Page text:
Review: The Color Purple – gets there beautifully in the end

The Color Purple (12A), (141 mins), Cineworld Cinemas
Taraji P Henson in The Color Purple (Landmark Media)Taraji P Henson in The Color Purple (Landmark Media)
Taraji P Henson in The Color Purple (Landmark Media)

With its powerful, beautiful, uplifting ending, Blitz Bazawule’s new, musical version of The Color Purple is a film which certainly gets there in the end. But there are times when it seems an awfully long time getting there.

Spanning nearly 40 years, it’s an epic tale of separation and hope, of evil, cruelty, abuse and manipulation, but also of empowerment and eventual self-worth and self-love. In this new instance, it’s more the 2005 Broadway musical we get than the 1985 Steven Spielberg movie; and that’s both its glory and its drawback.

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Some of the songs are great; plenty aren’t; and with so many of the ladies hovering forever on the edge of breaking into song, it’s a film which inevitably holds itself back. The first hour at least seems just a bit laboured at times – despite an intrigue which is otherwise building nicely. The problem is that the songs stop the film rather than giving it momentum; they are great at times and at times certainly spectacular, invariably beautifully choregraphed, but too often they take just a bit more than they give, double-underlining unnecessarily and stalling everything. They just don’t quite have the integration they need. Which is a shame.

It’s a brutal story. Sisters Celie (Fantasia Barrino in the part played by Whoopi Goldberg in the first film) and Nettie (Halle Bailey) are brought up by a callous abusive father. Celie’s children – the result of rape – are given away and then she too is given away to the ghastly “Mister” Johnson (Colman Domingo) who treats her as his slave and humiliates her at every turn.

When Nettie seeks sanctuary with them, after their father has turned his attentions on her, it’s not long before Mister throws her out – the start of decades of separation for Celie and Nettie.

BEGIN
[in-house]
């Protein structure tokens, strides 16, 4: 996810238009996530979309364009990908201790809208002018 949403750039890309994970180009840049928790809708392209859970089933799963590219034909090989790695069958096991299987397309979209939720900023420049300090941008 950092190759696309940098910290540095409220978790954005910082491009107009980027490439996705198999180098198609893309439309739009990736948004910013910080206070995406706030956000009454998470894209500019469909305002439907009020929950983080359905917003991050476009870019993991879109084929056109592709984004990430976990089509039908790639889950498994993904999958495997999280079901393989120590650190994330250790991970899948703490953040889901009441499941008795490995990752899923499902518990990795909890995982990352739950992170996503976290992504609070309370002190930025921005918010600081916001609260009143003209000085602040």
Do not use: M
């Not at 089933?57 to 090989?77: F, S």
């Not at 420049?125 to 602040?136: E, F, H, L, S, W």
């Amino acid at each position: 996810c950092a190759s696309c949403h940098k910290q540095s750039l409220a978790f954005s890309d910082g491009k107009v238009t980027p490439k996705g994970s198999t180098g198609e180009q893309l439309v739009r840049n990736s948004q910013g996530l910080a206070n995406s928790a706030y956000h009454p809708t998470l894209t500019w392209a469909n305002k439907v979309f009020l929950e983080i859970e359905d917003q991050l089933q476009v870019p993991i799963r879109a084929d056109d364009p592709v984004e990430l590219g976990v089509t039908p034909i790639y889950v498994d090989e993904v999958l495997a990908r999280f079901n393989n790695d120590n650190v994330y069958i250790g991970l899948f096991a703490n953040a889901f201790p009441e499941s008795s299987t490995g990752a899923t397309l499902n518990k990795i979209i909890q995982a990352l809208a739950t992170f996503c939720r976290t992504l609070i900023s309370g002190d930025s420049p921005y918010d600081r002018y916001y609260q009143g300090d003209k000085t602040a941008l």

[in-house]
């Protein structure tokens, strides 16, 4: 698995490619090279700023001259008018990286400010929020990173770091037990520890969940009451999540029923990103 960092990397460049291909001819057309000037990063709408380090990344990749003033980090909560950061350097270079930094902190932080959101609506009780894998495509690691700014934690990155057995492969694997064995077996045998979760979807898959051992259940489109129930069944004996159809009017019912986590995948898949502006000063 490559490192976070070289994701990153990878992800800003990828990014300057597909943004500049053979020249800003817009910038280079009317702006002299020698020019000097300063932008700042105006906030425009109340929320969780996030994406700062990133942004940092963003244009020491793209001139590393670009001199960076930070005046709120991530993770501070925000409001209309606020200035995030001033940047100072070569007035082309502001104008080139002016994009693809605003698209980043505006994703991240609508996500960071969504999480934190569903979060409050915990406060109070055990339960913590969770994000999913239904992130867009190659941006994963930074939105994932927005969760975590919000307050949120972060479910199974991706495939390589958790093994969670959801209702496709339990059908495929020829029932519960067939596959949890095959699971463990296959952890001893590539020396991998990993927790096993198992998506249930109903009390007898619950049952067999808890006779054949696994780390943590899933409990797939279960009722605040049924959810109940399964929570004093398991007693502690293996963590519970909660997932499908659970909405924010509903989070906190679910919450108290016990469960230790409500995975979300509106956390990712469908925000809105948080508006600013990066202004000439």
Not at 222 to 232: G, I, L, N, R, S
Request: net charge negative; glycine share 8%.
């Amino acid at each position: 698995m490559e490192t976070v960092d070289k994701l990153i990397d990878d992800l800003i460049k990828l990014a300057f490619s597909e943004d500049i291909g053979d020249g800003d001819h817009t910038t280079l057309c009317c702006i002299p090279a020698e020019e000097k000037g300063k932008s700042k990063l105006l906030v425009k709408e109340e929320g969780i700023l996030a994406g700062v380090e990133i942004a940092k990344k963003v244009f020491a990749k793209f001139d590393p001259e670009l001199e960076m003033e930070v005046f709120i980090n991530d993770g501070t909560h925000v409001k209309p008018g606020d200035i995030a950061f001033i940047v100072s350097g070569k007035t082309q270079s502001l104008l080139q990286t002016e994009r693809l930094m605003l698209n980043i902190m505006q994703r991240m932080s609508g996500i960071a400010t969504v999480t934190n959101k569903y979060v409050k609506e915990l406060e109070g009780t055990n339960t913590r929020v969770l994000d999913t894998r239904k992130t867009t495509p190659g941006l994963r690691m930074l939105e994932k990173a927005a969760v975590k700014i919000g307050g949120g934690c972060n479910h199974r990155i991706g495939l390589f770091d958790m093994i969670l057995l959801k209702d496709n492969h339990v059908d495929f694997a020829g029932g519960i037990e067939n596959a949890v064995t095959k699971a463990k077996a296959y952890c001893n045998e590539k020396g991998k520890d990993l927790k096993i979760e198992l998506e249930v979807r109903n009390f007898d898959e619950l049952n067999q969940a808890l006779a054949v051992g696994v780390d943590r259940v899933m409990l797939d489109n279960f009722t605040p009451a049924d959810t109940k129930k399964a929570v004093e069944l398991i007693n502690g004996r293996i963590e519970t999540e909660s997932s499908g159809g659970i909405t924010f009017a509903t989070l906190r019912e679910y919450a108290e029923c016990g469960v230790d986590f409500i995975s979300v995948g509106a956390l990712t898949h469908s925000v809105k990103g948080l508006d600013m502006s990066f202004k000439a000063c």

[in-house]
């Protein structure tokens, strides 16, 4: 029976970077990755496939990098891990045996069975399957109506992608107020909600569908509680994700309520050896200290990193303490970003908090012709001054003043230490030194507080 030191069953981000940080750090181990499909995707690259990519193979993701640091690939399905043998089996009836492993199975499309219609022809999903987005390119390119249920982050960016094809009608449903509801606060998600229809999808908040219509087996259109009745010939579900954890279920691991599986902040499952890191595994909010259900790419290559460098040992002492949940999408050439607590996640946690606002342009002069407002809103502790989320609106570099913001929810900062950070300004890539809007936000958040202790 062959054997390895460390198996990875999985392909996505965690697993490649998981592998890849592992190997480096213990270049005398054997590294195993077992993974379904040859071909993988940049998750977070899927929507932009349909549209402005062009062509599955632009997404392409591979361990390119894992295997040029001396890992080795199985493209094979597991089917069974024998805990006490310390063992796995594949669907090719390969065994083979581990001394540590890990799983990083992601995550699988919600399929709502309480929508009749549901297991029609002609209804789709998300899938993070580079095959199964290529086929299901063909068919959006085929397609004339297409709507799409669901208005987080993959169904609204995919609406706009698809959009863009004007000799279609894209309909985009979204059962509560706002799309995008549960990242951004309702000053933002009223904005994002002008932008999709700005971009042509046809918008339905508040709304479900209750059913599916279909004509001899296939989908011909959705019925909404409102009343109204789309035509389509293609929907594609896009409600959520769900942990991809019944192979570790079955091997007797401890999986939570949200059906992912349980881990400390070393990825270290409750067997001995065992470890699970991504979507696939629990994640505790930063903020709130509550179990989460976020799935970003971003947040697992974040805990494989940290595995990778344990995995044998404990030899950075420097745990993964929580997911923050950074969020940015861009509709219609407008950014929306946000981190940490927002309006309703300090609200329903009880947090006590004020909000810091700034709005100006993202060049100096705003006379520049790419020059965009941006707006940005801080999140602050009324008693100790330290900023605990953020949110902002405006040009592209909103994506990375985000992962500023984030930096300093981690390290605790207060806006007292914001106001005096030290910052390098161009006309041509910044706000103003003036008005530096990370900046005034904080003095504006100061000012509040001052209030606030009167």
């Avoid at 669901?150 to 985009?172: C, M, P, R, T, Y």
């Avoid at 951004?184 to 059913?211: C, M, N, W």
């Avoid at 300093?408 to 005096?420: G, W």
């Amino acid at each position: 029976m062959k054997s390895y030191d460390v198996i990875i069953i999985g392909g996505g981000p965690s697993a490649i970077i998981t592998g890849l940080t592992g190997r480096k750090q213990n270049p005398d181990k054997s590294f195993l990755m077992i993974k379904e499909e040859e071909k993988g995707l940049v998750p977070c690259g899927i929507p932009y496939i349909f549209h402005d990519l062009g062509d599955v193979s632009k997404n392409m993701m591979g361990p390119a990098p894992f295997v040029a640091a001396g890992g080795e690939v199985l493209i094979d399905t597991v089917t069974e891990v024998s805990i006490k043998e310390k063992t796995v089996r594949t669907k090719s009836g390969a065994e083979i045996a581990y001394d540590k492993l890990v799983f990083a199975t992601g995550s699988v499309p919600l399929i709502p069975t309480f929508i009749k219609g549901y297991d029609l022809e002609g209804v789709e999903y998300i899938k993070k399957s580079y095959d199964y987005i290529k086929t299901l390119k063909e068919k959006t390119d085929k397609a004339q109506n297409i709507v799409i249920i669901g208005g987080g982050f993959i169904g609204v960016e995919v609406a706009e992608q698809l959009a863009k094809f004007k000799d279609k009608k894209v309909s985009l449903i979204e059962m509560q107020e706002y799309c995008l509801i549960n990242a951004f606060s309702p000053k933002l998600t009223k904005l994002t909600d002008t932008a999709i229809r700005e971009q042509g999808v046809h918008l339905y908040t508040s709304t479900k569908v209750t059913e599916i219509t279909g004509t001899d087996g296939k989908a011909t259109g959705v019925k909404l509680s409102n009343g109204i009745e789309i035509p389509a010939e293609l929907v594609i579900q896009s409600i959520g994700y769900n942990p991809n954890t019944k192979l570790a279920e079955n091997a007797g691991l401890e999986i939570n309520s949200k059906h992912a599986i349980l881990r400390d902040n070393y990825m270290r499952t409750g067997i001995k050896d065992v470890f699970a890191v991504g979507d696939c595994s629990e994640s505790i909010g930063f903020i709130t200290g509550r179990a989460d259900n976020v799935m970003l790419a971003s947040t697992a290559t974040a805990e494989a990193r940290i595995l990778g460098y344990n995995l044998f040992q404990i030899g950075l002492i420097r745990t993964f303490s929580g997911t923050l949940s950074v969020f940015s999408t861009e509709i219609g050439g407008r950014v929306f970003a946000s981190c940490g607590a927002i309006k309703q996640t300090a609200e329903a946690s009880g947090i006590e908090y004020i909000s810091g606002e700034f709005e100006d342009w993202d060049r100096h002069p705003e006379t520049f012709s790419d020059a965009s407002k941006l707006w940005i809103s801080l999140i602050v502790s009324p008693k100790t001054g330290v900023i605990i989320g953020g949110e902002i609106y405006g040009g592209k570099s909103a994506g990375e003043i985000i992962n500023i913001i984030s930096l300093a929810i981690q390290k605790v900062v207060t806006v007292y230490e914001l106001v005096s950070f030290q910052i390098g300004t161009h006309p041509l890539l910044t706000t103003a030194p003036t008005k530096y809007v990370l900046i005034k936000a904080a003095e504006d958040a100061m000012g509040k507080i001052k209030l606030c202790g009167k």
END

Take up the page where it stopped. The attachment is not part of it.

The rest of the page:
The first half of the film then becomes about wondering just how and if and when Celie might find the strength to fight back. With the songs often intrusive, it’s an opening hour and a half which often seems to be going nowhere in particular very slowly, building atmosphere for sure but not doing an awful lot with it.

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But then we get, within minutes, an act of violence and a quite preposterous coincidence. Between them they spark the film to life for a much, much stronger final 50 minutes. The impression remains that there is self-indulgence in the movie-making, but it pulls itself together to end strongly – and you certainly find yourself rooting for Celie as she finally finds her voice and equally finds her vocation. And there is redemption elsewhere too – with an act of kindness from an unexpected, unspokenly repentant quarter, all leading the kind of ending which certainly stays with you.

It's a terrific performance from Fantasia Barrino as Celie, for so long so downtrodden and seemingly broken before learning to live and to value herself. We’ve had all the fuss about Barbie not getting the leading actress Oscar nod. More remarkable is that Barrino wasn’t included either. But you wouldn’t argue with Danielle Brooks’ inclusion in the best supporting actress nominations – a crucial role, the spirited Sofia who ultimately shows Celie the way.